Israel Folau has done us the unintended favour of showing how hard and counterproductive it would be to try to outlaw all comments that ...

Read more
Speaker criticised for chaotic way rape allegations emerged
106266 2019-05-23 08:58:23Z Currently

Speaker criticised for chaotic way rape allegation…

by RNZ

Speaker of the House Trevor Mallard has accepted some responsibility for the way in which rape allegations played out at Parliament yesterday.

Read more
Christchurch mosque attack: Terrorism charge could be risky – but it's important
106286 2019-05-23 00:00:00Z Crime

Christchurch mosque attack: Terrorism charge could…

by Keiran Hardy

Why was the terrorism charge added at this later stage? And why is it significant?

Read more
Why George Soros is a target of the far right
106102 2019-05-23 00:00:00Z World

Why George Soros is a target of the far right

by Stuart McMillan

Philanthropist George Soros, long loathed by the radical right, is spending billions to support liberal democracy and fight hate crimes.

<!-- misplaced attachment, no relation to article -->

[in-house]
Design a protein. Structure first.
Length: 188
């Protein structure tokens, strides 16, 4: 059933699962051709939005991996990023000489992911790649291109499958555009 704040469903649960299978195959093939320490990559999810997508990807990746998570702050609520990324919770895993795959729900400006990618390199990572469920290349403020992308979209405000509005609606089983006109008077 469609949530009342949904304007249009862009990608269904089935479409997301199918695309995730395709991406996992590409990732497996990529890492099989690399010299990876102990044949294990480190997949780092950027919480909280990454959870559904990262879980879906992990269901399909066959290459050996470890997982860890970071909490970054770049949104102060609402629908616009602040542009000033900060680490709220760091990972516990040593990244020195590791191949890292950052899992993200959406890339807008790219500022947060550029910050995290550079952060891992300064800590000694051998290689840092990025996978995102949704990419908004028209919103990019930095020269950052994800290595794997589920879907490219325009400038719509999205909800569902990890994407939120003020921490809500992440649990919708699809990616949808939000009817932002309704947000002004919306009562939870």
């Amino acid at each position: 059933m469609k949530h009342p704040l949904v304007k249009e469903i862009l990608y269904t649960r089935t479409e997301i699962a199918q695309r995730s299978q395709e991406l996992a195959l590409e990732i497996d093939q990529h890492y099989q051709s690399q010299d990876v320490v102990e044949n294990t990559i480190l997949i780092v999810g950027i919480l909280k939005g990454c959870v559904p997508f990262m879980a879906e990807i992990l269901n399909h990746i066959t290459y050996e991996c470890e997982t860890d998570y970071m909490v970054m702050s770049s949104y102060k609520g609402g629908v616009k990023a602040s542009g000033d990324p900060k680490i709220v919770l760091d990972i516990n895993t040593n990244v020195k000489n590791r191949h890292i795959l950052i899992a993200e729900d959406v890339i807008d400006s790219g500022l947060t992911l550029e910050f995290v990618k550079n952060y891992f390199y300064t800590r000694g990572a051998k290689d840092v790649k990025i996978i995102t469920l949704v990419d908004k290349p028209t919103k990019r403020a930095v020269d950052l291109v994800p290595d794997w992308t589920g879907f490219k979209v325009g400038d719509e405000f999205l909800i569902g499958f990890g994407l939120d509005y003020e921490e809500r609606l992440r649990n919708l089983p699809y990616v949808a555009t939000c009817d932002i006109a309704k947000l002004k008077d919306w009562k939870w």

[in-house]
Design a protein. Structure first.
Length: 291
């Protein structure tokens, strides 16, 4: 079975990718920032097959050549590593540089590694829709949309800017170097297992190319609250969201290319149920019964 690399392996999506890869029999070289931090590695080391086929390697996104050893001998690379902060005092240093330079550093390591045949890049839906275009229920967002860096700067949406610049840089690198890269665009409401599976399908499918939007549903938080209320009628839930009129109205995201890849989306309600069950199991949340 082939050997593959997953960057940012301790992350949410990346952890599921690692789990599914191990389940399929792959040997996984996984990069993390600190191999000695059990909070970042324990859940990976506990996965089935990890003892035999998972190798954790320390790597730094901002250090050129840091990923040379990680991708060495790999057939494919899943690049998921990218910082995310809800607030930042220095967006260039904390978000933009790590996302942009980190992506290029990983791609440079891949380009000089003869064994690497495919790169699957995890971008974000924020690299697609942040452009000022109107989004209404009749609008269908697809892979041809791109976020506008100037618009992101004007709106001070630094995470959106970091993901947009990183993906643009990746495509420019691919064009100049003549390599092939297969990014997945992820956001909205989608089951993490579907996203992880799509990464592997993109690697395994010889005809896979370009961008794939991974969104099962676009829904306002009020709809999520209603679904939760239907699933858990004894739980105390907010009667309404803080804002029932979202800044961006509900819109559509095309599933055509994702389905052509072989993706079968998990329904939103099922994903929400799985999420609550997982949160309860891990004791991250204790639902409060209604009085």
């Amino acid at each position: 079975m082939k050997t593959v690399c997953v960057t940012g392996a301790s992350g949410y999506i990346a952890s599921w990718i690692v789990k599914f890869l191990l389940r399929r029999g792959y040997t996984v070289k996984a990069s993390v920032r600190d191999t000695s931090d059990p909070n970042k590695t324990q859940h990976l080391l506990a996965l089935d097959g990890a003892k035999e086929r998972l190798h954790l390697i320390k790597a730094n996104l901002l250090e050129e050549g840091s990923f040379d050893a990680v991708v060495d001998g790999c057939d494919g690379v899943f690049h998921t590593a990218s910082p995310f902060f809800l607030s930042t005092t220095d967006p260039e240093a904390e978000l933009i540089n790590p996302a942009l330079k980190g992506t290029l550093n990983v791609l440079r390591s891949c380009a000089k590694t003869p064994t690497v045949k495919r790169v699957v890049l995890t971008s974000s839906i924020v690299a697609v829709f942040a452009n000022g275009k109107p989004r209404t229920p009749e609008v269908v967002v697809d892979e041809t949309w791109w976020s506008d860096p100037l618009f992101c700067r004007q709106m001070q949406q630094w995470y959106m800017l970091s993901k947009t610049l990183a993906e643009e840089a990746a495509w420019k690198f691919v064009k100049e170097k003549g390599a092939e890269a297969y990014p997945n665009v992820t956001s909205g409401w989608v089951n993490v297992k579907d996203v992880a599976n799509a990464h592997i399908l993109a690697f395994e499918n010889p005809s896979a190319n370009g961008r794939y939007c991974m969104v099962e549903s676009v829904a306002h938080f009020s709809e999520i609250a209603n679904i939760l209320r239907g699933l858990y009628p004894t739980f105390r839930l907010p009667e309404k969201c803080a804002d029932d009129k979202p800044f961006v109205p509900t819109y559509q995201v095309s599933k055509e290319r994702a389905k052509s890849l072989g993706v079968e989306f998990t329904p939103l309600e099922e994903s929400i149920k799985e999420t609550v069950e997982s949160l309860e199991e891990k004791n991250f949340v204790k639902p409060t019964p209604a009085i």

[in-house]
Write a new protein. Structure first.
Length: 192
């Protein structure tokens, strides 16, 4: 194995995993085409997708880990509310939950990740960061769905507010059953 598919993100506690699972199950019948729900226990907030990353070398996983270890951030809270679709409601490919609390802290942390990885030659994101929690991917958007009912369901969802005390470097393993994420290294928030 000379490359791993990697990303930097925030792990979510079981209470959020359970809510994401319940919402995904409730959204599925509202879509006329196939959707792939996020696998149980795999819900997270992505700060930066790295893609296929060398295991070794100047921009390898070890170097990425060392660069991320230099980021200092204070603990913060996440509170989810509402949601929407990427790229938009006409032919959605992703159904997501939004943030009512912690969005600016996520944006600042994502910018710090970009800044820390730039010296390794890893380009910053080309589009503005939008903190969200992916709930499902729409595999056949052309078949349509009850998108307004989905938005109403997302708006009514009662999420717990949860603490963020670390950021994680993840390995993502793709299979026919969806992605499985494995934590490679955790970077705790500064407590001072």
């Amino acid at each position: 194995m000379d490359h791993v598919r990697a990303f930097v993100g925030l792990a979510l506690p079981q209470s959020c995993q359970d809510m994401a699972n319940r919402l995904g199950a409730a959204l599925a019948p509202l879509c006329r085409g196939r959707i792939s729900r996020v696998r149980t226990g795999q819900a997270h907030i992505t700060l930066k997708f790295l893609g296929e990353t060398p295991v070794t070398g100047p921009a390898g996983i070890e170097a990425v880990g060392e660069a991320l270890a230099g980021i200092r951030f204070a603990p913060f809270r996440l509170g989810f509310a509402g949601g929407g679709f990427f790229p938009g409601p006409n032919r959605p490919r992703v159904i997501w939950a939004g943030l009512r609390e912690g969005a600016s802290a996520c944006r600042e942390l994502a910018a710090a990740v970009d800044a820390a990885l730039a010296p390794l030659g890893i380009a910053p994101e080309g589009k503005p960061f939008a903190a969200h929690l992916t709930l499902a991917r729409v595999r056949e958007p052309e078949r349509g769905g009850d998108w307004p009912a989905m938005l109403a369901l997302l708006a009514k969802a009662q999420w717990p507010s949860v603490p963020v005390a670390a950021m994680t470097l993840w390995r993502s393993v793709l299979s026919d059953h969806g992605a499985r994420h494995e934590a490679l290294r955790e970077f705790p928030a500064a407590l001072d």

Read more
Ian McEwan confronts the biggest mysteries of life in Machines Like Me
105820 2019-05-23 00:00:00Z Books

Ian McEwan confronts the biggest mysteries of life…

by Charlotte Grimshaw

Ian McEwan’s tale of human-robot love links emotional and artificial intelligence in intriguing ways, writes Charlotte Grimshaw.

Read more
Is chemical residue on fruit and vegetables worth worrying about?
105778 2019-05-23 00:00:00Z Nutrition

Is chemical residue on fruit and vegetables worth…

by Jennifer Bowden

The chemical residues on fruit and vegetables are not dangerous, but rinsing is still advisable.

Read more